Why now? We've clearly defined the problem and we know where we're going, together. But is this the right time? What is driving the timeline? What's occurred that points to Exactly This Moment as the time to rip off the change bandaid? As my PMP friends like to ask, are there any precursors or dependencies impacting the timing of this change? How much change have people recently experienced, or may be experiencing, that contributes to their ability to be open to change? Do you have the time and can you make the time do introduce the change in a way that allows for peoples' awareness, desire for the change, knowledge of and ability to change grown at a manageable rate? While we can Kool-aid Man changes, it's more effective and less disruptive to business if we can be reasonable with the timeline. For everyone involved.
Who is sponsoring this change? The change sponsor is the uber-champion of the initiative. "They must be visible, trusted, and engaged throughout the change effort. The [Sponsor] provides strategic direction, vision and leadership... fosters collaboration and communication... and ensures the realization of benefits and sustainment of the effort" (Ginsburg, 2018). The success or failure of a change initiative can hinge on having the right sponsor.* Sponsors can be up-skilled to be most effective in their role, especially if they are enthusiastic, genuine and well-respected. If they've none of those attributes, or if they shift their focus to the next shiny thing mid-change, your change is at risk.
Where are the barriers that might result in resistance? It could be technology, time, abilities, willingness to change, fatigue: learn what's in the way of people easily saying "yes" to the change. Have you spoken with them, or are you relying on assumptions and what the organization thinks people might need? Conversely, do you understand what motivates the people who are being impacted by the change, to help shift focus to how the change adds value to their lives?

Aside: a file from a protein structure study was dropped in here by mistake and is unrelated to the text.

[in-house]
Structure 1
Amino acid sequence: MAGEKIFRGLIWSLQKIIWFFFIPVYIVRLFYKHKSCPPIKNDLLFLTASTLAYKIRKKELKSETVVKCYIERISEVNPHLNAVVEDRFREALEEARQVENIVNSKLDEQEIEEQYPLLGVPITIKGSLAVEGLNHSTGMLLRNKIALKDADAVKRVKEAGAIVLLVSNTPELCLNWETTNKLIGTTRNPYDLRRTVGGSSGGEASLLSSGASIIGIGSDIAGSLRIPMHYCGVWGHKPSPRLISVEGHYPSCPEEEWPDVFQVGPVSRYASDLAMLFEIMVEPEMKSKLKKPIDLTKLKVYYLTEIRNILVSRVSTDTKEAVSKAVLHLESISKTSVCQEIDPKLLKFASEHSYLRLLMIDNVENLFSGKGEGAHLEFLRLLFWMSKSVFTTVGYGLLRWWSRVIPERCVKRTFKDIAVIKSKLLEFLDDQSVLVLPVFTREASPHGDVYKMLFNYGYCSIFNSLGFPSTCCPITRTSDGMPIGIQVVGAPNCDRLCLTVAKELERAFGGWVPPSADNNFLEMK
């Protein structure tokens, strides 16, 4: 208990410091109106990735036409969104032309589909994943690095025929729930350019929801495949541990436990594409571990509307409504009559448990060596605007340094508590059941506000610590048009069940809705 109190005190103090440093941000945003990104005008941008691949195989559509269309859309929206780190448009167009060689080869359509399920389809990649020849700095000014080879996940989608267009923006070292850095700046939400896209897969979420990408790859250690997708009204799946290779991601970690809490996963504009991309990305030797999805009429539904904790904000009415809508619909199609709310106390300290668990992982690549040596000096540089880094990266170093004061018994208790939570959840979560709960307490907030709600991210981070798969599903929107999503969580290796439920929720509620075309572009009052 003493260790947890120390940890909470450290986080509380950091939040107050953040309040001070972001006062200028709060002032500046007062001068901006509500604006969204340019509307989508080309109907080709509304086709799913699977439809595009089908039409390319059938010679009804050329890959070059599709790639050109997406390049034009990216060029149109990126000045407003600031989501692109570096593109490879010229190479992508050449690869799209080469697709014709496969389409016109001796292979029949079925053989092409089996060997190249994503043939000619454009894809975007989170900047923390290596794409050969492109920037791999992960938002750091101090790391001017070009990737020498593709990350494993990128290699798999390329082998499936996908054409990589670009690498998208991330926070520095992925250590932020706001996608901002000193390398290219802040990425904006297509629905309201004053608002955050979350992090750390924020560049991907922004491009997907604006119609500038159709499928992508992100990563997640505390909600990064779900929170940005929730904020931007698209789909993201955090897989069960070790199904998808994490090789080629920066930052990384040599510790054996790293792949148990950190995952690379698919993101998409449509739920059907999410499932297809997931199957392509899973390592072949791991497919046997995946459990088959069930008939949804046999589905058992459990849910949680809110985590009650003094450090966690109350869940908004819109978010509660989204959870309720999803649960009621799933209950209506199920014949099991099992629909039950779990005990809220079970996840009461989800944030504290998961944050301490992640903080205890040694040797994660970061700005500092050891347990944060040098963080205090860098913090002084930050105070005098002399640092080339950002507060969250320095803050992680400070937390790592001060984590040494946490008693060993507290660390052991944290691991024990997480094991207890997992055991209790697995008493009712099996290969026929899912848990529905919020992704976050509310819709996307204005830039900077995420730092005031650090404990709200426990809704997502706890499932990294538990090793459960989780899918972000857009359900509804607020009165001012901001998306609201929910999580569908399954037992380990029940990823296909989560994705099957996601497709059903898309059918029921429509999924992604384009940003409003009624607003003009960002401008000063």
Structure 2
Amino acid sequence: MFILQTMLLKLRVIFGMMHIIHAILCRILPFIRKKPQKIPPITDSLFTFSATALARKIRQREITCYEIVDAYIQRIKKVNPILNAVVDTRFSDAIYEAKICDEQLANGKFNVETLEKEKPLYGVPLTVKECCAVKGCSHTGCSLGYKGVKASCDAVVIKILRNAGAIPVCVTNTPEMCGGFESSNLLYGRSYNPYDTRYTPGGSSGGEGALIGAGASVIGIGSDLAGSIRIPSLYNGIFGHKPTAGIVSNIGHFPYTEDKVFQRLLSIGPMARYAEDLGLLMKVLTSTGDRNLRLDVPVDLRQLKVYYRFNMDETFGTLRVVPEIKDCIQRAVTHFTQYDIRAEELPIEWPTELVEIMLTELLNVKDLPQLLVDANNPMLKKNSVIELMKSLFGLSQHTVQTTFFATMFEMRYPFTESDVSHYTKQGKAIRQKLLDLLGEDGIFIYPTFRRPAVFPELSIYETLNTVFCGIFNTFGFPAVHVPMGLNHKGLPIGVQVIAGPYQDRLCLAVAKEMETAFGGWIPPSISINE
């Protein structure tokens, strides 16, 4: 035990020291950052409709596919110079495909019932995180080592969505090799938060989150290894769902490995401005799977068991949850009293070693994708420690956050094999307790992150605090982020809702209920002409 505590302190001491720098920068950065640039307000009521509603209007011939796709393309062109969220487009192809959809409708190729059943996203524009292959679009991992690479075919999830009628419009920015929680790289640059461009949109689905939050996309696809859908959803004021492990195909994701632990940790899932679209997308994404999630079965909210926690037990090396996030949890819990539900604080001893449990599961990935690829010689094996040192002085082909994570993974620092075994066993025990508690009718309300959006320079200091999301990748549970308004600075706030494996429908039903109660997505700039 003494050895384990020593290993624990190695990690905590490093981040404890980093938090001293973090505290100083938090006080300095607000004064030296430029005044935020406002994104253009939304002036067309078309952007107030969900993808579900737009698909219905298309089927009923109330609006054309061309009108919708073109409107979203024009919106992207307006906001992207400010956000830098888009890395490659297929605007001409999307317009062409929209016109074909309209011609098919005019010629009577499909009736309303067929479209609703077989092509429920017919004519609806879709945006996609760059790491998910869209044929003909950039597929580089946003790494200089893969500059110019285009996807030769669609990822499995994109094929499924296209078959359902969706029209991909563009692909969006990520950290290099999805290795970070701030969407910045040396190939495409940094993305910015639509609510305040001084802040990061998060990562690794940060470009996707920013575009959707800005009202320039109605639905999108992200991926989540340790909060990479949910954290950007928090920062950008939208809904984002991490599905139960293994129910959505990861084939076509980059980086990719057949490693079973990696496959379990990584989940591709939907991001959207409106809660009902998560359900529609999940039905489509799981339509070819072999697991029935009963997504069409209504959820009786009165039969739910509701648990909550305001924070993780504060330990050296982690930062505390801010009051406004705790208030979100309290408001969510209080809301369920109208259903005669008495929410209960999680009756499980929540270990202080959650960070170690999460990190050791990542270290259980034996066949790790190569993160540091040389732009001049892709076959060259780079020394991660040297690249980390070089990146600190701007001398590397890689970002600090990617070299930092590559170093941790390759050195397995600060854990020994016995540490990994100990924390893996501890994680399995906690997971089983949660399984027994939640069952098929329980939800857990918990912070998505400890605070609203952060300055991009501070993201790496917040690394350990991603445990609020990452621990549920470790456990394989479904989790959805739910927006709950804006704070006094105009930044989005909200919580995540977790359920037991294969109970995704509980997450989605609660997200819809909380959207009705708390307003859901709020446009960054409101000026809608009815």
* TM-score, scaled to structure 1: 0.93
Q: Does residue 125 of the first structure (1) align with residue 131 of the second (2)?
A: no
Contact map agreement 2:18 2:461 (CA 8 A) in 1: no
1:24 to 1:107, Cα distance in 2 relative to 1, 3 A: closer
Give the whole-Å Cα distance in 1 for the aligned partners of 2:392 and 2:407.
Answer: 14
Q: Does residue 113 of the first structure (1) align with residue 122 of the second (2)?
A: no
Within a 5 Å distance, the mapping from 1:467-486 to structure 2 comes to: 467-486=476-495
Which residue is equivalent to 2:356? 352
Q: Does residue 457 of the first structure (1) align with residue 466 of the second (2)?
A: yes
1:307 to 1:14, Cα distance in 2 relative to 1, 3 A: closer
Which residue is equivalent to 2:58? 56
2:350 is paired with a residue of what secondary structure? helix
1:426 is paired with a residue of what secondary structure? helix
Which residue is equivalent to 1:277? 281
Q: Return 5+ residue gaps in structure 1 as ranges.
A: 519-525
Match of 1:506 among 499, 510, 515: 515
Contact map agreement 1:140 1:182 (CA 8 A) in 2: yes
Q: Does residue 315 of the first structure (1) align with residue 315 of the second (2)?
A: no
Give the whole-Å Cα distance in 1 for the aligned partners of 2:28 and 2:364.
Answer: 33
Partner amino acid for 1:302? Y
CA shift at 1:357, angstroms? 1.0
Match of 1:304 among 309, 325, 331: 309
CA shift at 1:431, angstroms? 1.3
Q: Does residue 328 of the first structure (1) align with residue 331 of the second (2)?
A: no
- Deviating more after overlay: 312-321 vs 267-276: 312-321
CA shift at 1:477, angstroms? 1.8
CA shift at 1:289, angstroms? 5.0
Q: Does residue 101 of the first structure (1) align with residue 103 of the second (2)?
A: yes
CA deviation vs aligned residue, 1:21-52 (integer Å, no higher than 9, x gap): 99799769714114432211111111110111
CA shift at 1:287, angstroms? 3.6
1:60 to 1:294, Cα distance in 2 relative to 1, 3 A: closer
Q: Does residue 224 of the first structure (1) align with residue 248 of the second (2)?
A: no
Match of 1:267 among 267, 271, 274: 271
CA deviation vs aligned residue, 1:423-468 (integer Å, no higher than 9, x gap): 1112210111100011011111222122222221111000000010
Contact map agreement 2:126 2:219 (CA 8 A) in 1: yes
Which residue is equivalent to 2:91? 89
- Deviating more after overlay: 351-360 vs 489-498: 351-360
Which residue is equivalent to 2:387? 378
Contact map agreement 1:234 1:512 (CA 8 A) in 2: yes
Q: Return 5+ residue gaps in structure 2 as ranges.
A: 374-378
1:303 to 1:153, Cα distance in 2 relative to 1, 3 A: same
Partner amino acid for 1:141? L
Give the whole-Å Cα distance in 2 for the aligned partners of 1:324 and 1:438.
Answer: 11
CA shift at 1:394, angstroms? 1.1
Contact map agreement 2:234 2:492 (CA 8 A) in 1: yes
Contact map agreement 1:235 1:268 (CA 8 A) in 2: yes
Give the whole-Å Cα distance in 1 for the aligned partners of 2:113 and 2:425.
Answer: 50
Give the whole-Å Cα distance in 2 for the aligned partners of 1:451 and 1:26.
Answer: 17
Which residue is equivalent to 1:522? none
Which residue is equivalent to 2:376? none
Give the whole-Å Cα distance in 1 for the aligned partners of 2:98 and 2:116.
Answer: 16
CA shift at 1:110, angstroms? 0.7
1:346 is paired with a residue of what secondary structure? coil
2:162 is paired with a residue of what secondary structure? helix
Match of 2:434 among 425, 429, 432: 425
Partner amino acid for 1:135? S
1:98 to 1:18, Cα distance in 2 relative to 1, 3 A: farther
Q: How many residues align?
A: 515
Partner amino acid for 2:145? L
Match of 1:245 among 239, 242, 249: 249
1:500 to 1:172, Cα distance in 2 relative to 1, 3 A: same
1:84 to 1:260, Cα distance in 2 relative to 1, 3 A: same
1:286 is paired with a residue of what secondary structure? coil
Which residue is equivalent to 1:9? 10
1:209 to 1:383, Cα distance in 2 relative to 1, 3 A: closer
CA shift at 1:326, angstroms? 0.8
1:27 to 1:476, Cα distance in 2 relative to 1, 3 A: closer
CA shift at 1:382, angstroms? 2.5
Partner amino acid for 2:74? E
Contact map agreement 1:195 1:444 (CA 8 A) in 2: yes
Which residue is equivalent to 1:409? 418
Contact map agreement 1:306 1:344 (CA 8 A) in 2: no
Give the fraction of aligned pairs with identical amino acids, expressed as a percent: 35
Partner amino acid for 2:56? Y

How will this change be sustained in the long-term? I've worked on too many project teams where the mentality is that the work is over once a planned change is live. That is, in fact, when the hard work begins. That's when the change slowly morphs into routine and becomes part of a person's daily life. That's when everything can go horribly awry. The changes need to be reinforced. People need to be reminded how to think, act and (possibly) feel about the change as they start to own their post-change experiences.** Sometimes, people need additional support and nudges until they have the confidence to do it on their own. If new changes come along, they also need support understanding how this new change relates to the old one.
Think about the changes you've tried to introduce to your life that maybe haven't stuck. Where did you lose track of your goal? Which question led to the breakdown? How can I support you as you navigate the in-between-- the funknown-- between where you are today and where you want to be?
* I believe in this so much that I published a white paper in 2018 about the effectiveness of sponsors that I'll gladly share if you'd like to nerd-out with me.
** Think about it this way: you get a puppy. You enroll with the puppy in obedience training to make sure they have good little puppy manners. The puppy learns that you're a helper and they look to you for guidance. Together, you work hard and they graduate from training. And overnight you stop reinforcing the training. You stop calling the cues, gently correcting bad manners, and perhaps finding additional training. You expect the puppy to have it, but they fall apart. They still needed your help and guidance. The failure of their manners isn't theirs; it's yours. You gave up on them at a critical developmental period.